Cromarty's old burgh uncovered by winter storms
Clues to what life was like in a Highland town in the 13th Century are being recovered by archaeologists.
They were first alerted to fragments of pottery and animal bones at Cromarty when part of a coastal foot path was washed away in a storm, last December.
Archaeologists believe the oldest of the buried finds date from the 13th Century when the area became a royal burgh.
But Cromarty also has a myth about an older town that was lost to the sea.
As a royal burgh Cromarty was protected by a castle and locals were allowed to trade in goods.
The storm surge last December battered coastal communities along the Moray and Cromarty firth coasts.
It caused millions of pounds of damage, but also revealed clues to Cromarty's past.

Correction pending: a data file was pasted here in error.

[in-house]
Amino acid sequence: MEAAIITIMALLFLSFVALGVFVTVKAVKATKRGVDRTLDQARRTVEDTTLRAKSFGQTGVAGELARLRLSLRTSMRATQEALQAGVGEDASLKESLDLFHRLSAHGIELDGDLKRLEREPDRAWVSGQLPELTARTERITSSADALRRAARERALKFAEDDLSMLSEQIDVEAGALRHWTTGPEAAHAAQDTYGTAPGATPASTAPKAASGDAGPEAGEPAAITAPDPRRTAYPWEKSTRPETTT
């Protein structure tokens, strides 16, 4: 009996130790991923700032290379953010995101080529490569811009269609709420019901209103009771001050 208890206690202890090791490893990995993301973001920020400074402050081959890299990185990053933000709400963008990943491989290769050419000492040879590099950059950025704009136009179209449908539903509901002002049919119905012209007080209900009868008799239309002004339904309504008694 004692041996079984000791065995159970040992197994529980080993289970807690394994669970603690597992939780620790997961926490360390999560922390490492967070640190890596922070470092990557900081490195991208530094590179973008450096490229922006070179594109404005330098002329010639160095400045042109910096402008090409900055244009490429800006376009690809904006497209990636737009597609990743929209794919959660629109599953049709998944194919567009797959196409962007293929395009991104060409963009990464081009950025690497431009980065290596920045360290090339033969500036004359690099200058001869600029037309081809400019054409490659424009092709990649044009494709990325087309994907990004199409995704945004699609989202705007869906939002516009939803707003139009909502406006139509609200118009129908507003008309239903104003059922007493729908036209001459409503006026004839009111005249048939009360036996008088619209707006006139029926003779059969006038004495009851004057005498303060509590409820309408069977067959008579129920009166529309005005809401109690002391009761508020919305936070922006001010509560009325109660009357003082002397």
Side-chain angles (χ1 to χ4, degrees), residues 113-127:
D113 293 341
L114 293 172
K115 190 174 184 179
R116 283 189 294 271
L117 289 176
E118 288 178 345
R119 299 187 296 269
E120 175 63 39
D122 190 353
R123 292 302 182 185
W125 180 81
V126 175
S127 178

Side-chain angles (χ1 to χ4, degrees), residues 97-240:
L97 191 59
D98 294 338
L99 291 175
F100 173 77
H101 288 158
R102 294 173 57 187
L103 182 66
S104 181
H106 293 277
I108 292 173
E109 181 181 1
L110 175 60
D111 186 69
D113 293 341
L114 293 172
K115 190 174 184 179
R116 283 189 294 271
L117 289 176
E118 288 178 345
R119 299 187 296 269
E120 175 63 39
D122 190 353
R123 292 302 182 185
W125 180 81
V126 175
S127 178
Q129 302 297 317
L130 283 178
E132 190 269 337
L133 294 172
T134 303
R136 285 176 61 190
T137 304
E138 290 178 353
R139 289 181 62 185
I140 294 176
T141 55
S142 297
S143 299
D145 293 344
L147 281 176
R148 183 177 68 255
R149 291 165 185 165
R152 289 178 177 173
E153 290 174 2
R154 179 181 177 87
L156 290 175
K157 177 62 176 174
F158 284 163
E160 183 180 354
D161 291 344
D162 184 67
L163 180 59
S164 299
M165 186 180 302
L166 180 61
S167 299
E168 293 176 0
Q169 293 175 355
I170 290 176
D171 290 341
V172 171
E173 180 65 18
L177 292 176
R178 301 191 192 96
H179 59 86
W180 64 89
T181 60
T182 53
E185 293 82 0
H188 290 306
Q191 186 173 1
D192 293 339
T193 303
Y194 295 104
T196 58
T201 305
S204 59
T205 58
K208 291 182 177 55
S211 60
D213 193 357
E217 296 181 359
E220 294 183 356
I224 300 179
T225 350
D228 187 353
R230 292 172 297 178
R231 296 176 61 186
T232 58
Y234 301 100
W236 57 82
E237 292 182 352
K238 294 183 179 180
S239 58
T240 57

Steven Birth, the archaeological dig's site director, told BBC Alba: "In the erosion we could see there was a sequence of archaeological deposits.
"The material coming out of there was dating from the post medieval period and possibly right up to the 19th Century.
"There were lots of middens with fish bone and animal bone. Very soon it was apparent that we were right on the edge of the core of the medieval burgh."
According to Cromarty Community Council's website, there are tales of a old town being lost to the sea.